Someone is certain to kill Joel Backman.
The question is: who?
In his final hours in the Oval Office, the outgoing President grants a full pardon to Joel Backman, a notorious Washington power broker who has spent the last six years in a federal prison.
Unknown to an outraged public, the pardon was the CIA's idea. They claim that Backman may have obtained secrets that would compromise American satellite surveillance.
Smuggled out of the country in a military cargo plane, Backman is given a new identity and a new home in Italy. He thinks he's out. But the CIA will soon leak his whereabouts to the Israelis, the Russians, the Chinese and the Saudis, and then sit back and watch.
The question is not whether Backman will survive – there's no chance of that. The question the CIA needs answered is: who will kill him?
‘A master at the art of deft characterisation and the skilful delivery of hair-raising crescendos' – Irish Independent
'John Grisham is the master of legal fiction' – Jodi Picoult
'The best thriller writer alive' – Ken Follett
‘John Grisham has perfected the art of cooking up convincing, fast-paced thrillers’ – Telegraph
‘Grisham is a superb, instinctive storyteller’ – The Times
‘Grisham's storytelling genius reminds us that when it comes to legal drama, the master is in a league of his own.’ – Daily Record
‘Masterful – when Grisham gets in the courtroom he lets rip, drawing scenes so real they're not just alive, they're pulsating’ – Mirror
‘A giant of the thriller genre’ – TimeOut
Readers will find an amiable travelogue to Italy and its charms in Grisham's latest. What they won't find are the suspense and inspired plotting that have made the author (The Last Juror, etc.) one of the world's bestselling writers. Yet Grisham remains a smooth storyteller, and few will fail to finish this oddball tale of what happens to ruined D.C. powerbroker Joel Blackman, 52, when he's suddenly released from federal prison after six years. Teddy Maynard, legendary CIA director, has engineered the release in order to put Joel into a variant of the witness protection program and then see who kills him. Many want him dead the Saudis, the Israelis, especially the Chinese because of his role in trying to sell a global satellite spy system that would alter the world's balance of power; that was what got Joel imprisoned, and the CIA hopes that whoever kills him will clue them in to who may have access to the satellites. Joel is relocated to Bologna, and much of the narrative consists of his touring that city, its historic sights and its many restaurants, and learning Italian ways from his male handler, Luigi, and his language tutor, Francesca a middle-aged woman with whom he falls in love. A major subplot concerns Joel's secret dealings with his stateside son to prepare for escape from Bologna if necessary. Eventually, the CIA leaks Joel's whereabouts to his enemies, who dispatch killing teams. Can Joel broker his way to safety? There's some depth to the troubled relationship between Joel and his tutor, but otherwise the novel reads like a contented afterthought to a memorable Italian vacation, with little action or tension, plastic characters and plot turns that a tricycle could maneuver. Still, anyone wishing to learn how and why Bologna built its famed porticos, why to be wary of most Italian desserts and how to send an encrypted wireless message using a global cell phone will find that information cheerfully given here.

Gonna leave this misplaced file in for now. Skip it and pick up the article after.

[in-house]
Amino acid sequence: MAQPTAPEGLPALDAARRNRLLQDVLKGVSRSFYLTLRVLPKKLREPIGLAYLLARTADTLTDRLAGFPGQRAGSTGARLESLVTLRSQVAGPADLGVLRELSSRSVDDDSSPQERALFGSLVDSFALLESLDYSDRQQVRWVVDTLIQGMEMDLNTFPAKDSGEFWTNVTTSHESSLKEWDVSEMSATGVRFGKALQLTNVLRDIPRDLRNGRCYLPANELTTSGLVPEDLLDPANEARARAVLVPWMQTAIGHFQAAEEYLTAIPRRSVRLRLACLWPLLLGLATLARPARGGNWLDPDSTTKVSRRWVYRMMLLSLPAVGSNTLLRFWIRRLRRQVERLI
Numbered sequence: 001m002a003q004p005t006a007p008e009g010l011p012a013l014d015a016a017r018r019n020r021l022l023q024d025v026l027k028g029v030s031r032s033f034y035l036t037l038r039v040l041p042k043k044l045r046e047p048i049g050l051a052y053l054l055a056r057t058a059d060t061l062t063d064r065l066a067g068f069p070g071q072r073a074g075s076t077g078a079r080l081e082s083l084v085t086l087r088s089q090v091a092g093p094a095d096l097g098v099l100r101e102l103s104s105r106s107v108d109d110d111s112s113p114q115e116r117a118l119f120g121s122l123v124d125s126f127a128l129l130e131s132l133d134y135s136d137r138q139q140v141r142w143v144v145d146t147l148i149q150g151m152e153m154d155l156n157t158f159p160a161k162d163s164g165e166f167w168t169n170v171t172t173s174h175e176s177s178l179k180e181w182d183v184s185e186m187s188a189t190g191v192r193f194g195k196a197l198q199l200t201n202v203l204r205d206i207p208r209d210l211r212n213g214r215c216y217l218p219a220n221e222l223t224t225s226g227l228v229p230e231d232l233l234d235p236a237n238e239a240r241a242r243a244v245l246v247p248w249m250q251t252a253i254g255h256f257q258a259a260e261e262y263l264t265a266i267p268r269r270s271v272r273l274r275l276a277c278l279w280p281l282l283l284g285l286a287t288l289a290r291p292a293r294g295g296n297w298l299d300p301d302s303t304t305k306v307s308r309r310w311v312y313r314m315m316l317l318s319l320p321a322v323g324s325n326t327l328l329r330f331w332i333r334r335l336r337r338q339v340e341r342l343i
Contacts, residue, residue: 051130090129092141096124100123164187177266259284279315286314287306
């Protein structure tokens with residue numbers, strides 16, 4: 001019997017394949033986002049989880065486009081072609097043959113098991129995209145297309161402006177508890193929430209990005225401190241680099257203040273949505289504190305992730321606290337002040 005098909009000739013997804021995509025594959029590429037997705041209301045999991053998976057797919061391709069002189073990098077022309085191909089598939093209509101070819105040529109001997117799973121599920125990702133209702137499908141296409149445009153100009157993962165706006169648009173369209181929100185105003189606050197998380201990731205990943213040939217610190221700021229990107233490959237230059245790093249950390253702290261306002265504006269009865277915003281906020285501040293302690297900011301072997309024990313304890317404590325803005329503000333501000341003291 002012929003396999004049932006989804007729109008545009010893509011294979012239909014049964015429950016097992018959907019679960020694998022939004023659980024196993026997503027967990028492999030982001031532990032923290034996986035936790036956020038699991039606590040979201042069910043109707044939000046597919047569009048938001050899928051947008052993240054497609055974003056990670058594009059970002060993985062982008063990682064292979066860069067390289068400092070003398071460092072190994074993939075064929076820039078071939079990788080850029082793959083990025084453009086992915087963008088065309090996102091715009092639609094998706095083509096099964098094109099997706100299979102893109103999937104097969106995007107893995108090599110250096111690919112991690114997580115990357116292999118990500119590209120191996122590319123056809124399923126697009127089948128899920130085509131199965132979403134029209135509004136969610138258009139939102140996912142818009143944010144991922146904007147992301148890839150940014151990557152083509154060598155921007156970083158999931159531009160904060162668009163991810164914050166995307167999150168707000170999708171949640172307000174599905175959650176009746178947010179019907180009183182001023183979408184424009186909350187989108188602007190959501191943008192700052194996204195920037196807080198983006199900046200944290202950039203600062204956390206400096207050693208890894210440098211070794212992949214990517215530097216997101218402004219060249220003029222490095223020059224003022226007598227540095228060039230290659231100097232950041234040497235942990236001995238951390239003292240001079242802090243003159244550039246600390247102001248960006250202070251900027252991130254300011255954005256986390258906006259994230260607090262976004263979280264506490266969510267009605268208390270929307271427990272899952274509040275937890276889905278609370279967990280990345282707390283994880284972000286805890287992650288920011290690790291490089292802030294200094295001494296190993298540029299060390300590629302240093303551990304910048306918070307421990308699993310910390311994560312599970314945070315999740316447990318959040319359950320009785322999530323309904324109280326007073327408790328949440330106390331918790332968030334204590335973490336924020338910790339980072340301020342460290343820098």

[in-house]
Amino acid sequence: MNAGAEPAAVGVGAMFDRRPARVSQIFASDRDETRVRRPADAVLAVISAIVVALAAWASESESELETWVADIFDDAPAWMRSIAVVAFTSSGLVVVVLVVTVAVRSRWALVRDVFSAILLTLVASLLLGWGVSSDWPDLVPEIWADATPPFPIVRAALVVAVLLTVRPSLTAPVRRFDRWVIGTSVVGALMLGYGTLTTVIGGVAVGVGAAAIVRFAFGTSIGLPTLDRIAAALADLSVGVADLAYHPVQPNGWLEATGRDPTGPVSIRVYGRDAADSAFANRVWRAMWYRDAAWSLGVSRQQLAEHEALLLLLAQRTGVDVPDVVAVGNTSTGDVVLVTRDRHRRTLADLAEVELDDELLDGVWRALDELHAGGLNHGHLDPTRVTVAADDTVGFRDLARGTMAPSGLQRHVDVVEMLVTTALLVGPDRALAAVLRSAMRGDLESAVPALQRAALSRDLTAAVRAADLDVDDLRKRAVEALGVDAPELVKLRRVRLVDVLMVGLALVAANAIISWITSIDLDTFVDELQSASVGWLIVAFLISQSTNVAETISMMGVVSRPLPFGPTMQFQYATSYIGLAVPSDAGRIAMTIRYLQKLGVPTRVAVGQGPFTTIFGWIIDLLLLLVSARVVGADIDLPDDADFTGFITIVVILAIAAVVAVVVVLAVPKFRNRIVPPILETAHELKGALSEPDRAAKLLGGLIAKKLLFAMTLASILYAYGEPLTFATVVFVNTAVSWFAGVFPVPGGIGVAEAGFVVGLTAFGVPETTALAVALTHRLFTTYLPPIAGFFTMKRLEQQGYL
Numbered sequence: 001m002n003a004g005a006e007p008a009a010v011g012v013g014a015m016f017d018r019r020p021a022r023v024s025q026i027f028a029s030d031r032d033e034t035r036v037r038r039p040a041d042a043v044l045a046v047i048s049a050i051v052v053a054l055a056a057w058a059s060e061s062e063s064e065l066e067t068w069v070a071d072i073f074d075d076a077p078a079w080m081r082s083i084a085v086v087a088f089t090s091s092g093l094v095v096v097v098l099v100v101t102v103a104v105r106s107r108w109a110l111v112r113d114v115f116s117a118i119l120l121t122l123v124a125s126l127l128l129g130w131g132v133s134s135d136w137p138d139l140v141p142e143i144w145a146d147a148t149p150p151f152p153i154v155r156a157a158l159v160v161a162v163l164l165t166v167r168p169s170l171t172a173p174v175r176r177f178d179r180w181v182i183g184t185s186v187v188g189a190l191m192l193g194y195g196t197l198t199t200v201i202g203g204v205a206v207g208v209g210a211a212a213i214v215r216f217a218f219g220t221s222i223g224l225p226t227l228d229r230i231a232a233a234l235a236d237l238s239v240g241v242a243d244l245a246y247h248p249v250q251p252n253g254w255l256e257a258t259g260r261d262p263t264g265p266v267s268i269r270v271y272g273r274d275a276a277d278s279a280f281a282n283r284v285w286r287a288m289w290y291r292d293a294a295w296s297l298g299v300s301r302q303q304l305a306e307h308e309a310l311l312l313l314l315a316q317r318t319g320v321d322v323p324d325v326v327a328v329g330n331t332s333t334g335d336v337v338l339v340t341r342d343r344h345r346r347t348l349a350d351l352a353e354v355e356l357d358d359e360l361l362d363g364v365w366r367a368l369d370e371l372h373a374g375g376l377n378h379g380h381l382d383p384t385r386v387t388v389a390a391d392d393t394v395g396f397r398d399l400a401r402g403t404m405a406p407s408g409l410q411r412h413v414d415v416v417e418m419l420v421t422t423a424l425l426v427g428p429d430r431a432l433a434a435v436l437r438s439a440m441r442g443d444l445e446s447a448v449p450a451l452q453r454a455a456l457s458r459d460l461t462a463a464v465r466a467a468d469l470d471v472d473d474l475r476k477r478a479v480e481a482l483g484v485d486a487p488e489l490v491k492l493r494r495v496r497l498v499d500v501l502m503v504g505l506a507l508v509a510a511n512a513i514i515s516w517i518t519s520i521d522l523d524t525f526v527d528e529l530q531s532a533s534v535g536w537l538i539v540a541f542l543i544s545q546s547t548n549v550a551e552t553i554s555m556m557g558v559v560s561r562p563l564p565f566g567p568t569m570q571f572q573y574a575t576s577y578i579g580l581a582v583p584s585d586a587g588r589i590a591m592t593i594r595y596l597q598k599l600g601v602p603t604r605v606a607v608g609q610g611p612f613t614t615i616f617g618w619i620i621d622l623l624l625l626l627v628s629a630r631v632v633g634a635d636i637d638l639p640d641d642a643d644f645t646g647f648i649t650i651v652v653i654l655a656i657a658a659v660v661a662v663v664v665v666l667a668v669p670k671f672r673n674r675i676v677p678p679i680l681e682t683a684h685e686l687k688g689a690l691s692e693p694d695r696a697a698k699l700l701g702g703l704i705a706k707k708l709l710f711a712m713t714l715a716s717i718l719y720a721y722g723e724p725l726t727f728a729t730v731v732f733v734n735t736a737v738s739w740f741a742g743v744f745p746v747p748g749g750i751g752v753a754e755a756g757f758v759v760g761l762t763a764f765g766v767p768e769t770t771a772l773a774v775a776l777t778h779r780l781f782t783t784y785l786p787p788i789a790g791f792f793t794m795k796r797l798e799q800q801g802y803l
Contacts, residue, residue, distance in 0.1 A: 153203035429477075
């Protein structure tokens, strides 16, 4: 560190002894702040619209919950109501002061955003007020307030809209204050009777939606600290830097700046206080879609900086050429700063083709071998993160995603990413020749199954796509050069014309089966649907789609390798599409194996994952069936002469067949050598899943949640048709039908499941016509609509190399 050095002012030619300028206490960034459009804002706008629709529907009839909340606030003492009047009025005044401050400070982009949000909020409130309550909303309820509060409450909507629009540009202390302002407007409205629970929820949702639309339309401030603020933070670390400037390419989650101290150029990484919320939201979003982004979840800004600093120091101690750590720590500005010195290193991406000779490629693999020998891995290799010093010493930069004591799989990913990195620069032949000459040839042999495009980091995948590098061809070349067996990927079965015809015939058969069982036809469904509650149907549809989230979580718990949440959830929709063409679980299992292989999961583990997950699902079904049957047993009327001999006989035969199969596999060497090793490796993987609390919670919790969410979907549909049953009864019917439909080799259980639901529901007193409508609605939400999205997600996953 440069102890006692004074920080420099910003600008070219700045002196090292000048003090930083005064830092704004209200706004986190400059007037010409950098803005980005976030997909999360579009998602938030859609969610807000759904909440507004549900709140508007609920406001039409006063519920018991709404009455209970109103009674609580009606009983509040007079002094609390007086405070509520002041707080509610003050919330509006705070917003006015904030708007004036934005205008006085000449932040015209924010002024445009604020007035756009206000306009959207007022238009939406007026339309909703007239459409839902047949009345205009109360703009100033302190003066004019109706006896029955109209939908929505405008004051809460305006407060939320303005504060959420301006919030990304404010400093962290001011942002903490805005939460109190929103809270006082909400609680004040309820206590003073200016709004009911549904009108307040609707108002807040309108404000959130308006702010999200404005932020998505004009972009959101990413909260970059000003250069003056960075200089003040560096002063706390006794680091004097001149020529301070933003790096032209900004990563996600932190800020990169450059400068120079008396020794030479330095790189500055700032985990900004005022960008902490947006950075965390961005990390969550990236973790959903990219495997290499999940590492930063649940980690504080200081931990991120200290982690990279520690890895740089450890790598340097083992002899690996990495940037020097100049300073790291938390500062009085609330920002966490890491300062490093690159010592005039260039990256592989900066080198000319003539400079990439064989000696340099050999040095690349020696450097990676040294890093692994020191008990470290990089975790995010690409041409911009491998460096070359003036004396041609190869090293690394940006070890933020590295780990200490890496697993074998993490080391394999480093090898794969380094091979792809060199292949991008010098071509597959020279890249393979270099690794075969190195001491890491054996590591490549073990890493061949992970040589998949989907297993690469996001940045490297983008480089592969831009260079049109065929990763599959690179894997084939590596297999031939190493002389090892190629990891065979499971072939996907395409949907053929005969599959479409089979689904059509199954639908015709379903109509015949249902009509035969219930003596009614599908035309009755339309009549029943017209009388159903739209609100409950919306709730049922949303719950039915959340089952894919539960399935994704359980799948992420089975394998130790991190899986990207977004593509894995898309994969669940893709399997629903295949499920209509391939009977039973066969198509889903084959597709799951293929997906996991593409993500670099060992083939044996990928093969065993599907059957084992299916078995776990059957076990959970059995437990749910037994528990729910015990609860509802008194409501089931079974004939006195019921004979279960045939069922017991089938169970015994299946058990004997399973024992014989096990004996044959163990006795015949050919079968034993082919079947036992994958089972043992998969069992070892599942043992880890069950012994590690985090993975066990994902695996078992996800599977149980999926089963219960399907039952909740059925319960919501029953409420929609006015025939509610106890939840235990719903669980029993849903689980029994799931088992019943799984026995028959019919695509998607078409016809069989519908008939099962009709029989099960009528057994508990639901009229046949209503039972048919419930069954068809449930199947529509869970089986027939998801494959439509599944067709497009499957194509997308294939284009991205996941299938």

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Much more like the old Grisham, thrills, suspense and action rather than the over moralising boredom of 'The Chamber' etc....
Can't reccomend this book enough for fans of the early Grisham work and right up there with the likes of 'The Brethren' and 'The Firm' as his best work.
Thoroughly enjoyed the read and know others will too, BUY!
A history and language lesso
Not up to his usual standard. 70% of the book was a lesson in the history of Italian towns, culture and language. Little or no action. Took some finishing.
You Can’t Put it Down
For one who professes little knowledge of espionage and hi-tech electronics, Mr G has done a great job here. His portrayal of high-level skuldiggery in Wasington D C is, I suspect, not too far from reality. Add to the mix some lessons in the Italian language and history of Bologna and he seems to pull off the impossible by making it an even better read than the last. Like many books, I wish there was a little more by way of a happy ending describing the principal charachter and his Italian lady living happily ever after in an alpine lakesdie villa. Among all his other masterpieces, this one ranks among the best.